Saving Jaws is a thrilling and captivating documentary that follows the extraordinary journey of Ocean Ramsey, a marine biologist with an unparalleled connection to sharks. Dubbed "The Shark Whisperer" by the media, Ocean embarks on a daring mission alongside her team of passionate marine biologists to combat the looming extinction of sharks. Over the course of 12 months, they traverse the globe, conducting crucial research and expanding conservation efforts. From celebrated scientists and PHDs to elite athletes and celebrities, diverse individuals from all walks of life join Ocean in the deep waters to experience the awe-inspiring world of sharks through free-diving with some of the most dangerous species. As they dive into the sharks' realm, the film showcases the creatures' true nature, aiming to dispel misconceptions and instill a deeper appreciation for their vital role in the delicate balance of ocean ecosystems. Saving Jaws is an empowering call to action, led by Ocean Ramsey's passion and courage, urging humanity to protect these magnificent predators and ensure a sustainable future for our oceans.
Return of the River follows the unprecedented efforts of a community to pull off the largest dam removal and river restoration project ever. The Elwha River once flowed hundreds of miles uninterrupted through the Olympic Peninsula of Washington State. After being dammed 100 years ago to facilitate the industry of the settlers, the native Salmon runs disappeared, cutting off the bloodline to a delicate ecosystem and Indian tribal population. Told as if by the river itself, the story explores the history of a conflicted community coming together to restore its natural world.
Big Fish Stories Alaska is the most absolute example of adventure fishing. Four Swedish predator fishing friends pack up their belongings with the goal to access the world’s best Pike Fishing. Armed with little more than a tent, some bear spray and a couple of canoes, the group fly out across the mountains beyond civilisation, where they’re deserted for the coming weeks. After days of paddling up the Innoko River, they arrive to the mighty Yukon to miles of flooded swampland and mosquitos. After days of gruelling survival, bear attacks and absent fish they meet a local fishing guide from a remote outpost town. What follows is perhaps the best example of trophy Pike fishing in the world, amid one of the world’s last remaining true wildernesses.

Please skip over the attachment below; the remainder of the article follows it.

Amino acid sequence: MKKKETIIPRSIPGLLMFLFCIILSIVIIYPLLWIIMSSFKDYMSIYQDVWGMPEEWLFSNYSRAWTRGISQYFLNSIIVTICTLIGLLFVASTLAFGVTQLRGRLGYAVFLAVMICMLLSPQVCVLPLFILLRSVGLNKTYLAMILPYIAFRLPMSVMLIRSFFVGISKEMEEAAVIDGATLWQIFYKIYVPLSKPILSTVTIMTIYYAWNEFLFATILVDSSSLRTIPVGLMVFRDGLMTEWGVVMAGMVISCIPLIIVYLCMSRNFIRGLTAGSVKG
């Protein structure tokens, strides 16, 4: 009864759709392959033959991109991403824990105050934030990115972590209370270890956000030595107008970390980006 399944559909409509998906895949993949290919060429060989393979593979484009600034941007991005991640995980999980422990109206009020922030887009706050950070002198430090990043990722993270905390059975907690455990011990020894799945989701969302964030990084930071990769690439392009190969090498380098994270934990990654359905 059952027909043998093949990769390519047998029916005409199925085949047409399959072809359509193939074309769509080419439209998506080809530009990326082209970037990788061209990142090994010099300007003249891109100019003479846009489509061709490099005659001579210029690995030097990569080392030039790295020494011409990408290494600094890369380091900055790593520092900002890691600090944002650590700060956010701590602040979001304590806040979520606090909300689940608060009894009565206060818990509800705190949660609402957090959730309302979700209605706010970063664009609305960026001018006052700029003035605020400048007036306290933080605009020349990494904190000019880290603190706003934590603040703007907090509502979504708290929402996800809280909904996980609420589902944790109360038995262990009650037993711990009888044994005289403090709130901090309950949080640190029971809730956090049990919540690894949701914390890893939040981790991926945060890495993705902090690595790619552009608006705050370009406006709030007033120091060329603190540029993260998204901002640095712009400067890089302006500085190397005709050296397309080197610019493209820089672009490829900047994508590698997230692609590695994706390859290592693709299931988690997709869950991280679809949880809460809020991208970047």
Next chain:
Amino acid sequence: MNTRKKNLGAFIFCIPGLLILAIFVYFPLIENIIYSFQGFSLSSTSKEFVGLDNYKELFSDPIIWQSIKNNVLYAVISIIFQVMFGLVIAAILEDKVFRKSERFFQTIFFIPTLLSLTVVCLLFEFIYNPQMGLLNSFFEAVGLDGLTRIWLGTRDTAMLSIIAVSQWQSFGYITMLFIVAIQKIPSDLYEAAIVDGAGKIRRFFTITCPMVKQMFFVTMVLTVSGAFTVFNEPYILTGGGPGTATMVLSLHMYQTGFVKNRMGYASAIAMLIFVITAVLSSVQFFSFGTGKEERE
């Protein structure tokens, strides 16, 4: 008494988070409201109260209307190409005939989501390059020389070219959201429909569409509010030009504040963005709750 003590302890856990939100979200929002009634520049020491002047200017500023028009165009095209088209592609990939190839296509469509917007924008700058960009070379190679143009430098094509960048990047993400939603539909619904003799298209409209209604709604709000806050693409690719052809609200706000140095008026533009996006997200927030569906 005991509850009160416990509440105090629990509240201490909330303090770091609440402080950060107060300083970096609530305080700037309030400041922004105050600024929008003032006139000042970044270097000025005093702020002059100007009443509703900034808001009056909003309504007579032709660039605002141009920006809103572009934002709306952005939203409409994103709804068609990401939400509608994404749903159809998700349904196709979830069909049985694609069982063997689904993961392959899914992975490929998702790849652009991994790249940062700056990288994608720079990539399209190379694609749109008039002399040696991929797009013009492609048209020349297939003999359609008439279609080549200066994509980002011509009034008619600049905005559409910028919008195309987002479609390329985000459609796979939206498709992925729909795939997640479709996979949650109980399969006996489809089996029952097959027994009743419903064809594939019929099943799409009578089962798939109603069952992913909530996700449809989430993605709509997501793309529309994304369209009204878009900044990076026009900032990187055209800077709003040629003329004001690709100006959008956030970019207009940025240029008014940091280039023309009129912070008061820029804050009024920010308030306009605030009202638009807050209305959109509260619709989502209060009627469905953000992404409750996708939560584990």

Bluefin is a film dedicated to the plight of the Bluefin Tuna. Perhaps the most powerful and desirable fish on the planet, these titans have been hammered by the recreational and commercial fishing industries for decades. The story is told out of the fishing town of North Lake in Prince Edward Island, Canada, the Tuna capital of the world and feeding ground of record sized bluefin. It explores the conflict of interests and opinions on the state of the species. We hear from the weathered fisherman of the past who played a role in the decimation of stocks from North Lake to the markets of Japan, and the scientists fearing the species endangerment. We hear from the young breed trying to make a living in sport fishing in this seemingly thriving population of Canadian fish. Can these practices create an industry of wealth in place of unsustainable mass killings? Or is the unusual presence of these fish just another indication of their demise?
Salmon Shame is an eye-opening video from conservation charity WildFish that exposes the horrors of open-net salmon farming in Scotland. Salmon has become one of the most popular dishes at restaurants and at home, but its popularity has come at a cost to the environment, fish welfare and the health of the planet. It’s time to take salmon off the menu.
Say no to farmed salmon. Sign the WildFish pledge and do not buy, eat or sell farmed salmon.